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‘Tone-deaf’ fossil gas growth in Europe is speeding climate crisis, say activists

Tone-deaf’ fossil gas growth in Europe is speeding climate crisis, say activists

Campaigners have issued a stark warning that Europe’s expansion of fossil gas infrastructure is exacerbating climate change and increasing dependence on unfriendly regimes.

According to analysis by the campaign group Beyond Fossil Fuels, only four of Europe’s gas-fired power plants have concrete plans for retirement, while new projects are set to boost the continent’s gas generation capacity by 27%. This trend directly contradicts the International Energy Agency’s recommendation for wealthy nations to decarbonize their electricity grids within the next decade to prevent global temperatures from rising beyond 1.5°C.

Alexandru Mustață, a campaigner at Beyond Fossil Fuels, emphasized the urgent need for governments to signal to the gas industry that its days are numbered. He highlighted the risks associated with continued reliance on gas, including security vulnerabilities, volatile energy prices, harmful emissions, and the potential for stranded assets.

Despite pledges made by countries like Italy, the UK, and Germany to predominantly decarbonize their power sectors by 2035, the analysis reveals a significant gap between rhetoric and action. Only a small fraction of Europe’s gas-fired power capacity has a planned retirement date, with the majority of projects focused solely on electricity generation without clear plans for reducing emissions.

Beatrice Petrovich, an analyst at the climate think tank Ember, stressed the diminishing role of fossil gas in Europe’s energy transition pathways. She emphasized the importance of robust policies to accelerate the deployment of renewable energy, grid upgrades, and clean flexibility measures, which not only mitigate temperature rise but also benefit consumers and reduce the risk of price volatility in the gas market.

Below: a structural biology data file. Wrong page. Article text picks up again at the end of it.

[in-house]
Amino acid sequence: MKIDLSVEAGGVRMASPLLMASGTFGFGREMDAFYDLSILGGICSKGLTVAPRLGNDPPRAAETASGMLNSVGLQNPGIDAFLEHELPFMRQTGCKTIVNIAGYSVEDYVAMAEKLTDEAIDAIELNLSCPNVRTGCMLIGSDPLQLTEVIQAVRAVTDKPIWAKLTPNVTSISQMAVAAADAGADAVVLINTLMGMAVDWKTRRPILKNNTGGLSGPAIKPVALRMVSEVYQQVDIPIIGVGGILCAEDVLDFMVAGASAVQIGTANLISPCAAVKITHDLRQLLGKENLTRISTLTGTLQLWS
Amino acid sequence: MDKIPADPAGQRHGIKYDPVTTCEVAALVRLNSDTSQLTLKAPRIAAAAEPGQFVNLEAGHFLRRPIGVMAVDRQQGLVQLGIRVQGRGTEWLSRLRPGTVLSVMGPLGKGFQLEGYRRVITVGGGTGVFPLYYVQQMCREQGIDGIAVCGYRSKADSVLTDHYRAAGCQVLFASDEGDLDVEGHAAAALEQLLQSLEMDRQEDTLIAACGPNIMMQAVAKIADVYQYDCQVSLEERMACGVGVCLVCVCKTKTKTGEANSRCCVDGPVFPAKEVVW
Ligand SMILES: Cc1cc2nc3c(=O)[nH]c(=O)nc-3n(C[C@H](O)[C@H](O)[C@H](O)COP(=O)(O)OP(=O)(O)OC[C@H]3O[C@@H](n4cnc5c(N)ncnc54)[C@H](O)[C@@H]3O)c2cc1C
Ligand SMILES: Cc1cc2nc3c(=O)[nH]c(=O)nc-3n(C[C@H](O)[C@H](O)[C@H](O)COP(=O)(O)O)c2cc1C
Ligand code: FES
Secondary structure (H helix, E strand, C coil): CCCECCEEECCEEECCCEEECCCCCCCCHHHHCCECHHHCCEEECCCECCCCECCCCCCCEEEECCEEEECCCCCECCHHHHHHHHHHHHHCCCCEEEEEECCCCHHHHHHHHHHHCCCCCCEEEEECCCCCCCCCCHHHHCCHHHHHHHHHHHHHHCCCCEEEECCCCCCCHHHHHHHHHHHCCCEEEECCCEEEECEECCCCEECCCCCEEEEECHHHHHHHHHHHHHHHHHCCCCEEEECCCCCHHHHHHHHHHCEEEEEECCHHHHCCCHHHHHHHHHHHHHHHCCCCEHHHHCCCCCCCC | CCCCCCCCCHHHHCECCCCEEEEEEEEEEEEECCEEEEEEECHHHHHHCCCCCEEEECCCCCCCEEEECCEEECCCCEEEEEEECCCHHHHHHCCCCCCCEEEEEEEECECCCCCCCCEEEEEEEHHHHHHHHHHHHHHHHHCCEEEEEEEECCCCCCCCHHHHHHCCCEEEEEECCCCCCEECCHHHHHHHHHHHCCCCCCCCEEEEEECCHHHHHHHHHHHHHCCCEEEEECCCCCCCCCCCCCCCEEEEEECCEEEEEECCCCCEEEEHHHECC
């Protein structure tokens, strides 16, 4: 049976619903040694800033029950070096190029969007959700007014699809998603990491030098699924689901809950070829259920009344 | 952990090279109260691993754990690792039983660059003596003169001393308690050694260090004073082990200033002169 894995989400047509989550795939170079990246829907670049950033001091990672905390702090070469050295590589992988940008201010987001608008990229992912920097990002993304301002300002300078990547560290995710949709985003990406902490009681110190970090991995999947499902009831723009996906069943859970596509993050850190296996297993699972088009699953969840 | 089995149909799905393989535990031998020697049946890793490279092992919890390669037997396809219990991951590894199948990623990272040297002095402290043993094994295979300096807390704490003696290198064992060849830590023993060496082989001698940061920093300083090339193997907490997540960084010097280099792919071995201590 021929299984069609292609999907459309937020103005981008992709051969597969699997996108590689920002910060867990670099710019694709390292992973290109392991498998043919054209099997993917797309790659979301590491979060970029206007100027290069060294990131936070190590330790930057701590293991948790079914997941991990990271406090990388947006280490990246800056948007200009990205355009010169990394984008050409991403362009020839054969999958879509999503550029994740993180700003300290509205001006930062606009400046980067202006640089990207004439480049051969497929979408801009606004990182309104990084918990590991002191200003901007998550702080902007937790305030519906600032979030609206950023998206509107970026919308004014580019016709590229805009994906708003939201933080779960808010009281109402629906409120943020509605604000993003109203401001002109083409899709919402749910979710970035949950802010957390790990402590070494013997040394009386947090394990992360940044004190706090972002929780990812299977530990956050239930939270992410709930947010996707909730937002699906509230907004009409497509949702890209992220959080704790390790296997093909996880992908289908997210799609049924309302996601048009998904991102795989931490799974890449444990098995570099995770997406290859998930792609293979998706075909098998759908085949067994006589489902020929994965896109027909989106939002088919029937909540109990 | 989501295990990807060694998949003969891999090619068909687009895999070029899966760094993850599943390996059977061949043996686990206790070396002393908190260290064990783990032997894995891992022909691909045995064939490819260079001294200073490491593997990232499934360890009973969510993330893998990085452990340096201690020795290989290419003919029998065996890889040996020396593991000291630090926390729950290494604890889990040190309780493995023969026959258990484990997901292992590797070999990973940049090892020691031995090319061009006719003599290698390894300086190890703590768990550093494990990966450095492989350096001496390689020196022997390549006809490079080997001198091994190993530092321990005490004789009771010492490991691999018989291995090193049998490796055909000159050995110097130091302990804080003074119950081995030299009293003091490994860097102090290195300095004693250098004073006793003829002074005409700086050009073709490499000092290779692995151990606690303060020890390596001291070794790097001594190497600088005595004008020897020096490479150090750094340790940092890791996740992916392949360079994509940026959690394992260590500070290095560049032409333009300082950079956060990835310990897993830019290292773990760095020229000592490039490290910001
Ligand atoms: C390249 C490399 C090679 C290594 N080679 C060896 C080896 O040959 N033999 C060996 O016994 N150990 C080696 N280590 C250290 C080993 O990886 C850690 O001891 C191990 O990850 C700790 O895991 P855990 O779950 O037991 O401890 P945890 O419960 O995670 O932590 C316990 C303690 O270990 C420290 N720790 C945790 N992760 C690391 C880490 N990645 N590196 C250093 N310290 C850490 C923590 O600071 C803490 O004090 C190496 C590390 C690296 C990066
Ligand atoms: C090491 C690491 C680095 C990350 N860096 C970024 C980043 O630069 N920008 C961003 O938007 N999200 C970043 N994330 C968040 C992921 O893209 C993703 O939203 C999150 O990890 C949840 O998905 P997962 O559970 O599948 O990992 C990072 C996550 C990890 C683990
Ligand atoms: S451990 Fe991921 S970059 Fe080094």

Amidst geopolitical tensions and soaring gas prices following Russia’s invasion of Ukraine, European governments have accelerated investments in fossil gas infrastructure. However, Dr. Chris Bataille, a researcher at Columbia University’s Center on Global Energy Policy, cautioned against overreliance on gas plants, emphasizing the need for a swift transition to cleaner energy sources. While some argue for the potential role of carbon capture and storage (CCS) technology in mitigating emissions from gas plants, others remain skeptical, citing high costs and limited feasibility.

Ultimately, the push for fossil gas expansion poses significant challenges to achieving climate goals and underscores the urgency of transitioning to renewable energy sources.

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